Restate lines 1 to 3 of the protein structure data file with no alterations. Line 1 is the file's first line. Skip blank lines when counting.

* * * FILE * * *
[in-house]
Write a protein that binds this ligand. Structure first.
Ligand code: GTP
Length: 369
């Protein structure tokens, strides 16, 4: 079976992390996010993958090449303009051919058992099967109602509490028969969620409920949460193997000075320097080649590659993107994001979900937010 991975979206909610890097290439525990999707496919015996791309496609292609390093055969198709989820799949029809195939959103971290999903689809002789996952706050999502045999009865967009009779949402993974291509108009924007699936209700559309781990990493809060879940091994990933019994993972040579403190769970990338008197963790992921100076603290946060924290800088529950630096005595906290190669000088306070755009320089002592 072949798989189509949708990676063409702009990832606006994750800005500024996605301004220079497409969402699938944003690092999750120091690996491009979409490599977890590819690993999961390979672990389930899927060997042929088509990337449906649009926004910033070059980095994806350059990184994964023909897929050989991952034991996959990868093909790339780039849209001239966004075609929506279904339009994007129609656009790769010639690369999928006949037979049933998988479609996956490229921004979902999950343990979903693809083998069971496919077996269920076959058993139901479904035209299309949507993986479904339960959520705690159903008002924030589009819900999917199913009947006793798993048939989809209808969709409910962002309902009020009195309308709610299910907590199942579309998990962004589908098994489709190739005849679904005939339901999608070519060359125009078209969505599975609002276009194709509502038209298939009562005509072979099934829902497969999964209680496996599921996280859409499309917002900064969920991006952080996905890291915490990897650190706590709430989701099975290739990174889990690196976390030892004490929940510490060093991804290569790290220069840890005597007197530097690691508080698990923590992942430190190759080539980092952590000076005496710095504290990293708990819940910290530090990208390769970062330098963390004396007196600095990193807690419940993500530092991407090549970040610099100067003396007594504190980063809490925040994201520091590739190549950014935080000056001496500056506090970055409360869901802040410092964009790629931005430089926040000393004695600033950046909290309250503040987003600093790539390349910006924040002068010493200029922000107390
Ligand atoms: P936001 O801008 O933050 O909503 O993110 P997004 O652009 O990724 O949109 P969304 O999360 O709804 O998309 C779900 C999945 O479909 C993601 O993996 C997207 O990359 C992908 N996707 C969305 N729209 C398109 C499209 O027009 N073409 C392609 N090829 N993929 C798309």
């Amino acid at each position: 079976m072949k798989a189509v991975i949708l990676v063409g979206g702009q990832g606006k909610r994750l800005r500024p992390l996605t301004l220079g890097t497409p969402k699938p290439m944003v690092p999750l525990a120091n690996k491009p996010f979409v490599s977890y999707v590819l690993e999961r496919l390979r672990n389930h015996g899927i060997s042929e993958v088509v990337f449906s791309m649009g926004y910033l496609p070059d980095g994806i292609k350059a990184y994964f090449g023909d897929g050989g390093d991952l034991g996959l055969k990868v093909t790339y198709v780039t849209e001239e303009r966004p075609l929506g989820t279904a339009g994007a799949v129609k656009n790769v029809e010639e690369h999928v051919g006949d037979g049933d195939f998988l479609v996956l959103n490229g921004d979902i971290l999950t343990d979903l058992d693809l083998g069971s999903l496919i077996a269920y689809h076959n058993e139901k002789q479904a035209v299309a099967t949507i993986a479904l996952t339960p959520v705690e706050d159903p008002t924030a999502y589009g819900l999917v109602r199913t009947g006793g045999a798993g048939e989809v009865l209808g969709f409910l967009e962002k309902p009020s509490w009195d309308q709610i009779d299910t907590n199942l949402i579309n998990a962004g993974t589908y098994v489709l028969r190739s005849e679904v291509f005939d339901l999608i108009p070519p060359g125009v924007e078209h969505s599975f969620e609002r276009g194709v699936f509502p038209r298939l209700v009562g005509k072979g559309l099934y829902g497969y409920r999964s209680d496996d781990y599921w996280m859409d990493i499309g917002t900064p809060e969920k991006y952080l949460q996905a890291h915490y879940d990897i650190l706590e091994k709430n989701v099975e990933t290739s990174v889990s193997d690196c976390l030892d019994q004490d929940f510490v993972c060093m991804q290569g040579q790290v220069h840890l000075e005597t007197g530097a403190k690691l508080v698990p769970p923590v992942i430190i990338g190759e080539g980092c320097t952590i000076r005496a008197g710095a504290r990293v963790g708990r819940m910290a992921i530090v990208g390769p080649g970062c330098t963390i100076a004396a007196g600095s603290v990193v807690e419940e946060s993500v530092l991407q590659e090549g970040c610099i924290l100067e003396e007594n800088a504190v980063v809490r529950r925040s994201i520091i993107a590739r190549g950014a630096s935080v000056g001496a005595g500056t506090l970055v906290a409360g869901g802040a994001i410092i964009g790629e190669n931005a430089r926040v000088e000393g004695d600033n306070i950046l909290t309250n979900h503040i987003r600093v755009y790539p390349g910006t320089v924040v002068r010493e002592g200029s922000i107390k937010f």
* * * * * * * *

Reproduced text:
[in-house]
Write a protein that binds this ligand. Structure first.
Ligand code: GTP